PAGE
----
Black History Needs More Than a Month

By Melicia Gregory, Employee Chair for ASP’s Diversity and Inclusion Committee

Black History Month. A history too complex to be recognized in a day, week, month or year. A history of oppression, silencing and questioning one’s worth. A history that often reminds us that not much has changed and that the deep-rooted sentiments of racism are very still apparent.

During the Diversity and Inclusion Committee round table this month, I was given the opportunity to facilitate an open and honest discussion regarding Black History Month. I had brushed up on my research and tried to find a way to navigate the discussion. There are not enough words that could truly encompass the history of my people. Should I begin by reflecting on matters of the past with displaced or Black Canadians? What angle should I take? There was no angle. I went off script because being a Black woman, we are tired. Black people are tired. We are continually re-traumatized by reflecting on our ancestors on their knees, this represents the days of knees being rested on our fellow Black body (George Floyd).

The Black body and voice have always been forced into submission. Our very history that we are taught is negative and there is no mention of the kings and queens that used to reign in Africa. Our past has been erased and the only recollection we have is of modern Black revolutionaries such as Martin Luther King Jr, Malcom X and Rosa Parks. When the status quo of white people is challenged, we are promised a fate of certain death, imprisonment and stigmatization of race.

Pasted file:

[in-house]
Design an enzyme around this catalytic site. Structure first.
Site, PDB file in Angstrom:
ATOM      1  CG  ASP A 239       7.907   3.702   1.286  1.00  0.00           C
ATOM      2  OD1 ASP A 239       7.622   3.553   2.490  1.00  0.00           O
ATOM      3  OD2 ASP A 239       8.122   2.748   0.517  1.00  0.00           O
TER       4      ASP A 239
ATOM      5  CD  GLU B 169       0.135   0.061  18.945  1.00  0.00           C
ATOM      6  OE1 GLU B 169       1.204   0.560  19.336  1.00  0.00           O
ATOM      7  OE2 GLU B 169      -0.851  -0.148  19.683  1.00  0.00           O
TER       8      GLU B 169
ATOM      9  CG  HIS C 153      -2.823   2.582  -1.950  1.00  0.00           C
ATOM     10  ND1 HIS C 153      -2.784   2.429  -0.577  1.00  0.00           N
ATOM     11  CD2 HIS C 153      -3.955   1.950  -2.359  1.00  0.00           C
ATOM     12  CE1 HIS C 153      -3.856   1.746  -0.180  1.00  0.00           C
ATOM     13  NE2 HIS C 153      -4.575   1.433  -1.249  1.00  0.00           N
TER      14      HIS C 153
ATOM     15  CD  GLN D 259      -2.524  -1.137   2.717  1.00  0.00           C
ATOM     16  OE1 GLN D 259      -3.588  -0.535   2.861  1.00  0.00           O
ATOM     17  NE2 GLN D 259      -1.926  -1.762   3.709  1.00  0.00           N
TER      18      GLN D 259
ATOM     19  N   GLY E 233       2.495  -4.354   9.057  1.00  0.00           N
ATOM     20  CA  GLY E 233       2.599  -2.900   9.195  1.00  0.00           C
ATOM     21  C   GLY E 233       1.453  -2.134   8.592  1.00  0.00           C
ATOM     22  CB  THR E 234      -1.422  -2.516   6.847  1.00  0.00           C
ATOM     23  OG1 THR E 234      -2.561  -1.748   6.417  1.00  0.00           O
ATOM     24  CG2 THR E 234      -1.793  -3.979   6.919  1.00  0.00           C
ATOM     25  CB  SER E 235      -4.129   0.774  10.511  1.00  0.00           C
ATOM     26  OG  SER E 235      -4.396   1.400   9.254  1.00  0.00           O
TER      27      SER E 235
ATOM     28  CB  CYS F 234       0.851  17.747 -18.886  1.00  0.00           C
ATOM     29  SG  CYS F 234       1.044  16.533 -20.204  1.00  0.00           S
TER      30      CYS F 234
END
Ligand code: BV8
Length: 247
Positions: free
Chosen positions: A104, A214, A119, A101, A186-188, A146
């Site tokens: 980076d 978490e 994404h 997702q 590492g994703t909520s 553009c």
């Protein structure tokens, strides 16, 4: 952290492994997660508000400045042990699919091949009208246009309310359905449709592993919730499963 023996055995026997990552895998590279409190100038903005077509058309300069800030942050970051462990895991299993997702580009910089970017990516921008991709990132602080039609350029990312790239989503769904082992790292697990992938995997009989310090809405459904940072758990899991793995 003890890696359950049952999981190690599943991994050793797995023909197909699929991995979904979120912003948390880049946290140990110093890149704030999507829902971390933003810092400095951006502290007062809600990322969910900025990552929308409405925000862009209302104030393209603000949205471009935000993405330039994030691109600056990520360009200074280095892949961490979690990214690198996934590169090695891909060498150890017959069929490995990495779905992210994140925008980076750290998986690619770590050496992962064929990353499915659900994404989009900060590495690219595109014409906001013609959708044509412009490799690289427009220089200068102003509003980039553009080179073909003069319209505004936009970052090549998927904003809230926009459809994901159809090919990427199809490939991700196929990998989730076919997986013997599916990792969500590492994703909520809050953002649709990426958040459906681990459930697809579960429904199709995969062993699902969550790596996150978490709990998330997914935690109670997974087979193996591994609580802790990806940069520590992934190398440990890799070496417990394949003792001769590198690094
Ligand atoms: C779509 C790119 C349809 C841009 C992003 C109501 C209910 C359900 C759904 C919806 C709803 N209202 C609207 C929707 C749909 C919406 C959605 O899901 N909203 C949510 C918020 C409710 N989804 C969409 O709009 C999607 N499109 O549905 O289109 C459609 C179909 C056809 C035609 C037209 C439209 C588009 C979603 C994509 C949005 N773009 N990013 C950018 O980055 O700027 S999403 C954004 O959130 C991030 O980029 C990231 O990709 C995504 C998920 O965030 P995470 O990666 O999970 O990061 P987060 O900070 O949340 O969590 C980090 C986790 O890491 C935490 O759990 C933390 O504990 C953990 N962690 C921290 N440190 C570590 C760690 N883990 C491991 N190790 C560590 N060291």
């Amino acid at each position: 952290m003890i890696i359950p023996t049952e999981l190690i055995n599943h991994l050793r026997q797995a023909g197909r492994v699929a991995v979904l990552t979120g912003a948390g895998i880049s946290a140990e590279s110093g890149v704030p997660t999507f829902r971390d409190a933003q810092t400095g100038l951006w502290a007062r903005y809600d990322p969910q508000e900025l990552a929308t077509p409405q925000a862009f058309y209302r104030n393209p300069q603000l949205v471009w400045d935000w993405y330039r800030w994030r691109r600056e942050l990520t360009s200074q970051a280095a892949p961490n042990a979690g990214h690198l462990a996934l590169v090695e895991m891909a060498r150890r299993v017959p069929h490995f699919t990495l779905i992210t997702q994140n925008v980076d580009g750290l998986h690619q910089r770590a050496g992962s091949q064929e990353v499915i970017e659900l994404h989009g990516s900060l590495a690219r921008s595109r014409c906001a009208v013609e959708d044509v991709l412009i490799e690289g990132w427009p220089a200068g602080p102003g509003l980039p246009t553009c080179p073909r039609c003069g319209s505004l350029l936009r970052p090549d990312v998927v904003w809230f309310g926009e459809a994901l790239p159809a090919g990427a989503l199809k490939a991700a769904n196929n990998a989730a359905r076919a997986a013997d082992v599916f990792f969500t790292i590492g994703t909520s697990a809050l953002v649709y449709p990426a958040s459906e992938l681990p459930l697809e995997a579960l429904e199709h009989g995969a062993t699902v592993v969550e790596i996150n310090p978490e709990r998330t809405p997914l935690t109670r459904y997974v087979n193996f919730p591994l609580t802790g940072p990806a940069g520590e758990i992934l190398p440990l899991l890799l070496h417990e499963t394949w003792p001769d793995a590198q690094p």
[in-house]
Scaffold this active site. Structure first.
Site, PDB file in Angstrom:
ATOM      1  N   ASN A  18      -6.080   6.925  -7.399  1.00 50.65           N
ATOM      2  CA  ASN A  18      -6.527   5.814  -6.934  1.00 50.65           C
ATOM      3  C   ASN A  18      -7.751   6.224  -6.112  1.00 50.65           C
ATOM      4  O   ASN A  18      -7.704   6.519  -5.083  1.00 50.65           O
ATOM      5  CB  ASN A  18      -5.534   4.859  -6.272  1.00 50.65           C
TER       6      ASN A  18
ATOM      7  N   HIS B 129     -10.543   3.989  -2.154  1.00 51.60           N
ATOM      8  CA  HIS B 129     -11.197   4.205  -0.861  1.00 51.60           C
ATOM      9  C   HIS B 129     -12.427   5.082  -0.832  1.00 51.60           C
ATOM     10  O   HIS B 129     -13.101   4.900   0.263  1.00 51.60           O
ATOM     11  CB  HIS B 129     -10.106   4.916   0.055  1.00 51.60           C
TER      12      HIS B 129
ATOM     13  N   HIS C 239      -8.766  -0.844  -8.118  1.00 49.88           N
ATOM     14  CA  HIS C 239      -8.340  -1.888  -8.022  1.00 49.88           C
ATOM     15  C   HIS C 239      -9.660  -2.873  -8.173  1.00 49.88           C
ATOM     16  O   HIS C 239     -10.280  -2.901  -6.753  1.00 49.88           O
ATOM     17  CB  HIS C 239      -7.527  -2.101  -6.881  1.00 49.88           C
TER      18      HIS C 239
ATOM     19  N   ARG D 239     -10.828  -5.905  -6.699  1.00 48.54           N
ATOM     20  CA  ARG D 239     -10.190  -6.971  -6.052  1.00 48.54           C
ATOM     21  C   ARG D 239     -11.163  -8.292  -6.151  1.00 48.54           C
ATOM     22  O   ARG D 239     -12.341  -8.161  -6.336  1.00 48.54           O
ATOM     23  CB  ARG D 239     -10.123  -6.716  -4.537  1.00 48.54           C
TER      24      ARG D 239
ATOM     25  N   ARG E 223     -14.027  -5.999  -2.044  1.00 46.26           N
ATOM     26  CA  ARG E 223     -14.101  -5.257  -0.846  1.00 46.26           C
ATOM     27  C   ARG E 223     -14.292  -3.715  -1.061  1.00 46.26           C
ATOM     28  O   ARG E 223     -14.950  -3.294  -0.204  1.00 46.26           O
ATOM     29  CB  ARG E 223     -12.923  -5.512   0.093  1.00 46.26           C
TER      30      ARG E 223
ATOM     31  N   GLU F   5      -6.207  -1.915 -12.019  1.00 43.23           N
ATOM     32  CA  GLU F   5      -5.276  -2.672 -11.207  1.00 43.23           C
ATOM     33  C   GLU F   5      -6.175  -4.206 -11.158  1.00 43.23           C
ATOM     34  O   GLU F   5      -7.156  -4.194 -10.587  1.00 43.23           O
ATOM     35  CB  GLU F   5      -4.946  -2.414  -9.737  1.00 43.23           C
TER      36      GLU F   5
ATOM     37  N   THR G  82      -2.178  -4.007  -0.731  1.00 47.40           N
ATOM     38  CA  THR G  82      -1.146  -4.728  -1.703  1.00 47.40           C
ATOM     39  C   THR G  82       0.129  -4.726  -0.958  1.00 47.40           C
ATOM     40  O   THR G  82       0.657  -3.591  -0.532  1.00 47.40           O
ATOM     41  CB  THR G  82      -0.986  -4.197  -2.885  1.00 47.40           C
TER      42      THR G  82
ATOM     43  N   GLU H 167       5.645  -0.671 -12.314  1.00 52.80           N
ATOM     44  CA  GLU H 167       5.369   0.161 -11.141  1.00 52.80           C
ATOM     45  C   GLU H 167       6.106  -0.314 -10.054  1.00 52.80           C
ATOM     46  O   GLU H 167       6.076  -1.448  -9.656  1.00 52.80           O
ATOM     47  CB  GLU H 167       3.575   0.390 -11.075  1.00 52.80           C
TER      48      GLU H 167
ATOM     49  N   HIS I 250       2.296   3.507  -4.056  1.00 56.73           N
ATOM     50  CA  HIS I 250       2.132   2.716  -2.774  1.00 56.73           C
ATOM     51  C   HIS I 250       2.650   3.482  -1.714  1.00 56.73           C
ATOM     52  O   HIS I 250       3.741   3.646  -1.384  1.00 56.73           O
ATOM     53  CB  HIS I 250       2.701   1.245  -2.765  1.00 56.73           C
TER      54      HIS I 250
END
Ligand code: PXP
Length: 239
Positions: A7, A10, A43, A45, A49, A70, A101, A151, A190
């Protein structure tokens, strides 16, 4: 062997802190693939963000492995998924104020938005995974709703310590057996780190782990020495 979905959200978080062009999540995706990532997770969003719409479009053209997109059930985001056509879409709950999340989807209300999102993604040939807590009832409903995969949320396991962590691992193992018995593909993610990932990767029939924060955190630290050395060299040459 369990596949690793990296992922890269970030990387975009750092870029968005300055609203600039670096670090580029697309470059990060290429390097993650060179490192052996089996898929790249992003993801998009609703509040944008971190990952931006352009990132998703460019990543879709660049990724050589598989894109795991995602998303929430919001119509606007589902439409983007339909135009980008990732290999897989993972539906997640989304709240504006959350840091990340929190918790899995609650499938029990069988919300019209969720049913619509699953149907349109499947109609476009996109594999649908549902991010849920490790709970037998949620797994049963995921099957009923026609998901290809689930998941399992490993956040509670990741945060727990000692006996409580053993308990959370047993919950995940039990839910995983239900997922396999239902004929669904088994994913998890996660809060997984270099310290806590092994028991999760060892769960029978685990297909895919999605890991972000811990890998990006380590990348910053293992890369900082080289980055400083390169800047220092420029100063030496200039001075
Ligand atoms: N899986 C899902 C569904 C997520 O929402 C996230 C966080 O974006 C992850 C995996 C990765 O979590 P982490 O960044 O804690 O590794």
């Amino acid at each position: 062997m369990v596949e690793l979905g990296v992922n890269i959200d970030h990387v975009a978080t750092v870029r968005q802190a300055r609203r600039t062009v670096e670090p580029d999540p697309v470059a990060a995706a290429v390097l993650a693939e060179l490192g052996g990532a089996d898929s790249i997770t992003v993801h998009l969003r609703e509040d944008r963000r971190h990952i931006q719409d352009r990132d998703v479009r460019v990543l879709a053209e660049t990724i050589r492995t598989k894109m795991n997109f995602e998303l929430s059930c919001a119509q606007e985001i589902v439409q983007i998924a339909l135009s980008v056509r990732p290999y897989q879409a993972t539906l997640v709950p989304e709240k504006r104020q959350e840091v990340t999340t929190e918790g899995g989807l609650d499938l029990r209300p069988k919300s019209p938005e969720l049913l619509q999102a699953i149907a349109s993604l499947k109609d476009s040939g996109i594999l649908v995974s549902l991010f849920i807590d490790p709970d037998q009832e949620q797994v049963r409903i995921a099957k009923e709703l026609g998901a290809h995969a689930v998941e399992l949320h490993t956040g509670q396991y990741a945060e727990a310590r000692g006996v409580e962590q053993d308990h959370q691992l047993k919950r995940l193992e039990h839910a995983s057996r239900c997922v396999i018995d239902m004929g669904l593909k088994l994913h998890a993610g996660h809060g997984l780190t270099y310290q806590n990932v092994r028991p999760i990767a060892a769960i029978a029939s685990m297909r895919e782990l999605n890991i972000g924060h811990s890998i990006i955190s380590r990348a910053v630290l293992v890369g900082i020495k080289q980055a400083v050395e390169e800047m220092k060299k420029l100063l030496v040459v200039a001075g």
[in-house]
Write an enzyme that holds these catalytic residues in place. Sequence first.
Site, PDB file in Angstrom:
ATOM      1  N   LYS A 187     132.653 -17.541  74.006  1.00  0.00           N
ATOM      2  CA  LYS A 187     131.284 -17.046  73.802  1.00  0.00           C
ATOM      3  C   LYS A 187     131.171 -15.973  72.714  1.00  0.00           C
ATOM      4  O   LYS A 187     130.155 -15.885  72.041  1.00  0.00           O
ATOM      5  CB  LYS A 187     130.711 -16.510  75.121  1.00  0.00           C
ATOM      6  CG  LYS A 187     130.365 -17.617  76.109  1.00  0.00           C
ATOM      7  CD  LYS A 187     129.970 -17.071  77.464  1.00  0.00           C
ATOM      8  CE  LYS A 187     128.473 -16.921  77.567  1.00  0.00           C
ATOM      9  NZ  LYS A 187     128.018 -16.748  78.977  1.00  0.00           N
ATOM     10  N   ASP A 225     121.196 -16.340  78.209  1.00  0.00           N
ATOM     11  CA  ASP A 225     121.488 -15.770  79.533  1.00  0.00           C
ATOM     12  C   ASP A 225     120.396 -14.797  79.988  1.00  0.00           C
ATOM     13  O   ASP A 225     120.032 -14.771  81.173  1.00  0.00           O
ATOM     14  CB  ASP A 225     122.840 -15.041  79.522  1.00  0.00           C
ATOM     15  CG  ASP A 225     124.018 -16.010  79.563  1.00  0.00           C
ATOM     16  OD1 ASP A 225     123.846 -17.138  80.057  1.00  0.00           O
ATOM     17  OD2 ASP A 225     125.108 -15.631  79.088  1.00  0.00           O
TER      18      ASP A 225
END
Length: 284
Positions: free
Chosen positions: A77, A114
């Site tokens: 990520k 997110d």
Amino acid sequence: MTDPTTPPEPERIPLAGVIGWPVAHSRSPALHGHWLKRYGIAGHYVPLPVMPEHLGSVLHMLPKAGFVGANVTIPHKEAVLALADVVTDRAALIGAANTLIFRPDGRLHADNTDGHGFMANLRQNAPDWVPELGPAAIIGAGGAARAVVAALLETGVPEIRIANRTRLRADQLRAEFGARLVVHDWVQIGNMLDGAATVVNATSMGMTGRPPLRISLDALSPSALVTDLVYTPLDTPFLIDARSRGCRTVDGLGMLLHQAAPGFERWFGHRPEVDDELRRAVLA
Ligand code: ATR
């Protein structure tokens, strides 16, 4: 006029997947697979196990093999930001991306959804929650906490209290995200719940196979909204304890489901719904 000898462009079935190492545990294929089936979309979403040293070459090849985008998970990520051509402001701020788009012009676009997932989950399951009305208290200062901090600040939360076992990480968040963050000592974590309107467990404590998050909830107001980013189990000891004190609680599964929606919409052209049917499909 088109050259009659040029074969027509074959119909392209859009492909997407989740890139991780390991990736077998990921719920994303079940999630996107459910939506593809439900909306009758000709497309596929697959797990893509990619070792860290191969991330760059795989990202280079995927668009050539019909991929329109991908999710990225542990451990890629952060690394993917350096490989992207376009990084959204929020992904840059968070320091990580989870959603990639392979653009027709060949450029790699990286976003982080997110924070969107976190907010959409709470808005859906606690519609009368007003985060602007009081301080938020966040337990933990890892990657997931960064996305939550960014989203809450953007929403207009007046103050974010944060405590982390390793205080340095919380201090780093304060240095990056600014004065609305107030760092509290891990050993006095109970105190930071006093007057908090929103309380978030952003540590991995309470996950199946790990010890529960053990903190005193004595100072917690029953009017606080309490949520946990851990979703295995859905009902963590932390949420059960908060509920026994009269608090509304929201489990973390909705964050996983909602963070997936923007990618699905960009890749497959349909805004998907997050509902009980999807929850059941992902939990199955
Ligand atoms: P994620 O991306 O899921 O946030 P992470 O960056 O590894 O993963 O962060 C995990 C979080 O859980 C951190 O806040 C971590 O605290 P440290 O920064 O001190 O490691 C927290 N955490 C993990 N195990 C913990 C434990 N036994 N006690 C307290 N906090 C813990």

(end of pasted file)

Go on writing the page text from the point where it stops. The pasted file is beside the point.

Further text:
During the roundtable discussion, it was apparent what Black people often have to put up with. This includes micro-aggressions and playing the role of the “nonthreatening” Mammy just to appease our coworkers. We often have to remain silent on pressing issues due to a lack of trust. Trust has gotten Black people nowhere before so there is distrust in a company or system that characterizes and polices the entire Black body. It is no wonder that we remain loud in our laughter and quiet in our suffering.

How can we make change? I propose that all Black people realize that we no longer need to play by the rules of fear. We’d like to encourage you to speak your voice; you’re not going to be less liked for speaking up. You are not troublesome, your voices and lives matter. Take time to reflect on your past and your current situation. Don’t be afraid of building new relationships and allies, as sometimes we see that people actually care when we ally ourselves with other races.

Black people have been speaking for many years and the world is going to listen to us, respect us and know that our voices and history are greater than the month we introduced, greater than the food we create and the dance trends we invent. We are not a commodity that can be used up and discarded. We see you; we hear you, and we value your efforts.

To everyone who cares about human rights, remember that Black history is a matter of the abrasive abuse of human rights onto Black people. Let us right our wrongs, avoid making assumptions (but do make eye contact) and try bridging that gap between yourself and the quiet co-worker who may be bottling their emotions just to keep their job. Please join in and lend your voice to our Diversity and Inclusion Committee; where your life matters, your opinions are heard and a difference can be made in shifting the pendulum one step at a time.

  • Category: Diversity and Inclusion

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